We all know very well that when the subject is about dedicated GPU, we simply think about Nvidia or AMD, only having the job to choose between the models offered by both. But, late or not, a third player wants to get into the fight, yes, according to the latest reports, the giant chip manufacturer, of course, Intel to launch its first dedicated graphics cards in 2020.
Intel To Launch Its First Dedicated Graphics Cards In 2020
When the subject is about dedicated GPU, we simply think about Nvidia or AMD, only having the job to choose between the models offered by both. But, late or not, a third player wants to get into the fight: Raja Koduri, senior vice president of Intel’s Core and Visual Computing division, confirmed the company’s plans to launch video cards starting in 2020.
This is not unexpected news. We are talking about a name that led to the development of the Radeon line for a long time. The giant chip manufacturer Intel “stole” AMD Koduri in November 2017. At the time, the company made it clear that the newcomer would take care of “dedicated high-end graphics solutions.”
Making mystery would not make sense. Koduri would not have to be hired if Intel decided to remain focused only on integrated GPUs. Despite this, there was a certain air of disbelief about the company’s entry into the dedicated graphics chip niche. This week, however, Intel has come back to the subject to say that its first GPUs will arrive in 2020.
The idea is even to face Nvidia and AMD in the video card segment for gaming, but Intel is also eyeing other applications that benefit from high-performance GPUs such as artificial intelligence, machine learning, data centres and simulators.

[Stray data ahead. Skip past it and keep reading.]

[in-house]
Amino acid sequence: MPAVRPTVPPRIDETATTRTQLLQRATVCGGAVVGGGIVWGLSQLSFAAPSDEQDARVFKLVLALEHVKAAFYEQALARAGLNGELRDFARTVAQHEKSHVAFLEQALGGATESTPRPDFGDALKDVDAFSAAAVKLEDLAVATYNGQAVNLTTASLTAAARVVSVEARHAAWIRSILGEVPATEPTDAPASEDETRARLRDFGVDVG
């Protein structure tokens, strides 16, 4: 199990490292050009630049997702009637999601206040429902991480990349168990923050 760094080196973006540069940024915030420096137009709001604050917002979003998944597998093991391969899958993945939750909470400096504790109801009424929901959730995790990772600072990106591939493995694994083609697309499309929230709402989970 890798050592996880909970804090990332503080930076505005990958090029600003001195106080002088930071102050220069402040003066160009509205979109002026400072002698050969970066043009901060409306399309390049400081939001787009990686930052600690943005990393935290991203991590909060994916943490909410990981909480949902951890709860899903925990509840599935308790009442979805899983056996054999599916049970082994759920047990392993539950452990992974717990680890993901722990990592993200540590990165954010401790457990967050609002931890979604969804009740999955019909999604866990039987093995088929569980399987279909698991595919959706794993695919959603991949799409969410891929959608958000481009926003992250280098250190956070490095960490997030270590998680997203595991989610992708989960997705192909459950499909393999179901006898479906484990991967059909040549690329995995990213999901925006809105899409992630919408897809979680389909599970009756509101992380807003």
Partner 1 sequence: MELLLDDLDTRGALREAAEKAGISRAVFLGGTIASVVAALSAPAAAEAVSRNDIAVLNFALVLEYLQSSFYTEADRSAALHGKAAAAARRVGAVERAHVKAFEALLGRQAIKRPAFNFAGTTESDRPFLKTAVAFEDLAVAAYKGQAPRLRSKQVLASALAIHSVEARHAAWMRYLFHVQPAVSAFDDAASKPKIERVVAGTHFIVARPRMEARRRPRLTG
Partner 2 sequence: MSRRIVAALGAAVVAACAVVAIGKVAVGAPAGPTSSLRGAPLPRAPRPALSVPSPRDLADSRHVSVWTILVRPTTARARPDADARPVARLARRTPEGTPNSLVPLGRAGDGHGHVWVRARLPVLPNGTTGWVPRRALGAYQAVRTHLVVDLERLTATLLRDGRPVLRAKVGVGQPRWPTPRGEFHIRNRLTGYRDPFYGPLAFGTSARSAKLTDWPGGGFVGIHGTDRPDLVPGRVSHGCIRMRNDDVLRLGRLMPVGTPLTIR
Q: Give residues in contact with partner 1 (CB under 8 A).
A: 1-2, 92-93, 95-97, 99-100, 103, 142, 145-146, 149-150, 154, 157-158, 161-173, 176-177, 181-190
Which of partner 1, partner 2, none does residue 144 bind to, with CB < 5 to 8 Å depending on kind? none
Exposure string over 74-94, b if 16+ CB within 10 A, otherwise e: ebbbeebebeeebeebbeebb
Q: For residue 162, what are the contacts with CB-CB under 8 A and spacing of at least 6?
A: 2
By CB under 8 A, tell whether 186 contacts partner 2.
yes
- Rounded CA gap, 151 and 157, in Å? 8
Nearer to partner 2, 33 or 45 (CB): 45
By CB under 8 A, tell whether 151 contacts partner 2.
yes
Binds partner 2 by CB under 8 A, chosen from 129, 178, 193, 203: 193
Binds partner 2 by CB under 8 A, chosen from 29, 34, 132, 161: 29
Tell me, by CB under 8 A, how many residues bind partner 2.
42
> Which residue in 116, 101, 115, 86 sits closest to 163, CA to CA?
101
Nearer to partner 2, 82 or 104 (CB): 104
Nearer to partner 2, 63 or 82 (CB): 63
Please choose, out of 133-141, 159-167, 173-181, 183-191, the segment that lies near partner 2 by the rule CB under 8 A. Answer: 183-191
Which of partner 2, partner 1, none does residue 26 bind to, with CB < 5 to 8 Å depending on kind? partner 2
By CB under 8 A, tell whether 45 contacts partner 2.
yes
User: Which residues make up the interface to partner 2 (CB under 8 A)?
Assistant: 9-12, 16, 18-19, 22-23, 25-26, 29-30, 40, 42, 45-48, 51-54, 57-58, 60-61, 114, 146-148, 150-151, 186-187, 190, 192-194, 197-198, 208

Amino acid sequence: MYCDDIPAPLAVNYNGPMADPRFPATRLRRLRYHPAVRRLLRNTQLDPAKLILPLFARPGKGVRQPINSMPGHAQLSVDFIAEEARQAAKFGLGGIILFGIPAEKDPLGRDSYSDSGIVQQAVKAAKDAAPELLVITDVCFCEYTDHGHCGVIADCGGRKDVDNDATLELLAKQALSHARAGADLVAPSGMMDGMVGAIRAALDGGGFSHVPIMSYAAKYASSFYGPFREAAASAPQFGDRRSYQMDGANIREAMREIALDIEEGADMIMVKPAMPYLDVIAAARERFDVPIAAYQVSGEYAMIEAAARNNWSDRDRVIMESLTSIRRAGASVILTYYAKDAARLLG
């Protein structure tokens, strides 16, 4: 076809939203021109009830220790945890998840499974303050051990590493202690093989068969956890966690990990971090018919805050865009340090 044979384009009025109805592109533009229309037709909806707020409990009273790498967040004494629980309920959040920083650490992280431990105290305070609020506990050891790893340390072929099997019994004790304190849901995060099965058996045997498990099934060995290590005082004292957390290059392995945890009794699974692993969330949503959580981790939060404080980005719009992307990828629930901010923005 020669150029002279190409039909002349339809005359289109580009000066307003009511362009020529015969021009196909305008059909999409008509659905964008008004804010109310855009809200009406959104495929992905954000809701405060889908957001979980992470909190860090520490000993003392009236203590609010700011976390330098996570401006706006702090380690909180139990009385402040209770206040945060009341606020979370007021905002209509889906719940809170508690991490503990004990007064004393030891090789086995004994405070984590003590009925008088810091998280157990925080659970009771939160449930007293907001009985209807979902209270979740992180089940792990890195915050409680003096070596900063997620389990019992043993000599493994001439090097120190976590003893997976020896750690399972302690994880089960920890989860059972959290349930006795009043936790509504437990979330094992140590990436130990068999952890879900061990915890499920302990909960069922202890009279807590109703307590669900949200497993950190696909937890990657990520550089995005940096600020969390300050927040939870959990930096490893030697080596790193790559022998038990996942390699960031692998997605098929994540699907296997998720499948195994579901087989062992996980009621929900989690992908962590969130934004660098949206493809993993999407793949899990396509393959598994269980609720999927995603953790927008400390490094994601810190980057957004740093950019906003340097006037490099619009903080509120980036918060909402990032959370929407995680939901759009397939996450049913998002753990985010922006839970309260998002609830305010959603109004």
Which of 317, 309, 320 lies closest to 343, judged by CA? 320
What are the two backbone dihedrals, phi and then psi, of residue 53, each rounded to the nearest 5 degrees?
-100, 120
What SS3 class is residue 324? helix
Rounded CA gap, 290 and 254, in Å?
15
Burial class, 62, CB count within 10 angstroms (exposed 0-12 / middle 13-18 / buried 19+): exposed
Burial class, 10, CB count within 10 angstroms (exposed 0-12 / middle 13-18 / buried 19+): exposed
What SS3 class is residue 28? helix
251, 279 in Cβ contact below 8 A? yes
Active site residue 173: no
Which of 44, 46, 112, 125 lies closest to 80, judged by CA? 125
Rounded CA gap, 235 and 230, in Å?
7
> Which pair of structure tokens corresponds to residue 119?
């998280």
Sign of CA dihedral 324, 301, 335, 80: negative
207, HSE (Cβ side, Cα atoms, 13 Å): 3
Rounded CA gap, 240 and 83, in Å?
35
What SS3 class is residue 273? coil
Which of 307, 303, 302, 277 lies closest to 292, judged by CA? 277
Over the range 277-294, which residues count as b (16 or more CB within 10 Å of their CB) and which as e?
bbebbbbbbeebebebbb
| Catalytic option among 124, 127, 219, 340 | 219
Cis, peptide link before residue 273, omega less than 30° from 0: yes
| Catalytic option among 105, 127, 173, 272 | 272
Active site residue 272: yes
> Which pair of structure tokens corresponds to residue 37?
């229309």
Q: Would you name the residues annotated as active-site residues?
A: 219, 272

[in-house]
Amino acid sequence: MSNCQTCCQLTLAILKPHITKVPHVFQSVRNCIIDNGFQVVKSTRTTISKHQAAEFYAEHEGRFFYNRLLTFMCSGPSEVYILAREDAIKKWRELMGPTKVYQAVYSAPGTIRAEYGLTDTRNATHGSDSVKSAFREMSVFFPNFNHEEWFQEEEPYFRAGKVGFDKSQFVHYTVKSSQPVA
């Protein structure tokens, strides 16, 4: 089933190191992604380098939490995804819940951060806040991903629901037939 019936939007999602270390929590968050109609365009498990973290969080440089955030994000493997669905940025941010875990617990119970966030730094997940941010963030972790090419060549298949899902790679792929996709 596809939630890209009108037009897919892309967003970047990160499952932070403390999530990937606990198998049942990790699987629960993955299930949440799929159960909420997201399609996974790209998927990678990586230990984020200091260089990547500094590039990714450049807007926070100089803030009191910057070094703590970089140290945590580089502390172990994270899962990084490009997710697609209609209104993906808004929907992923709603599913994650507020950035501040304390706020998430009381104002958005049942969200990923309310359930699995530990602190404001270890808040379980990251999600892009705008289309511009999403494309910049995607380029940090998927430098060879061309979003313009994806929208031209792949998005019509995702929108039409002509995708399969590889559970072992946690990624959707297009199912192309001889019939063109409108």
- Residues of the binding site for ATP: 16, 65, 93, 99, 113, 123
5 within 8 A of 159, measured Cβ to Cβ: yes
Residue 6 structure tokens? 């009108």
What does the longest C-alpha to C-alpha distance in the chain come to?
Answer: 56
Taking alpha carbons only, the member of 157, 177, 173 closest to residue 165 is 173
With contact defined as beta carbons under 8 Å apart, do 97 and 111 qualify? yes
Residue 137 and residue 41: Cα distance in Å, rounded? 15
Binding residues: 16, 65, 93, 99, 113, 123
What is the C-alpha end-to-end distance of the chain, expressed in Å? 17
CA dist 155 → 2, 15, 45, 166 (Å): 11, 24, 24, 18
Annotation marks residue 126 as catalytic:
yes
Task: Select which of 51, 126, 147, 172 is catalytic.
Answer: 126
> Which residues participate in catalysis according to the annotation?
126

What is striking is the boldness of the plan, so to speak: experts point out that typically the development cycle of a high-performance graphics architecture is at least three years, indicating that Intel is being very optimistic about the proposal to launch the first solution in 2020.
Because of this, one thought that may arise is that the first batch of releases will be made up of medium-performing GPUs or based on Intel’s integrated chip architecture. However, the company said it intends to have gaming products, artificial intelligence and the applications that require advanced graphics solutions.
If that’s going to be the case, Intel’s challenge will be to launch GPUs capable of addressing Nvidia and AMD technologies right from the start. Real Challenge: Hiring Koduri was a smart move, but it can not depreciate the years of experience that rivals have built up in this complex market.
There is another factor that weighs heavily: the fight between Nvidia and AMD. The latter is determined to increase its market share, so much so that it plans to announce by the end of the year the first Radeon Vega 7-nanometer boards. Nvidia is in such a comfortable situation that even made it clear that it is not in a hurry to launch the GeForce GTX 11 line.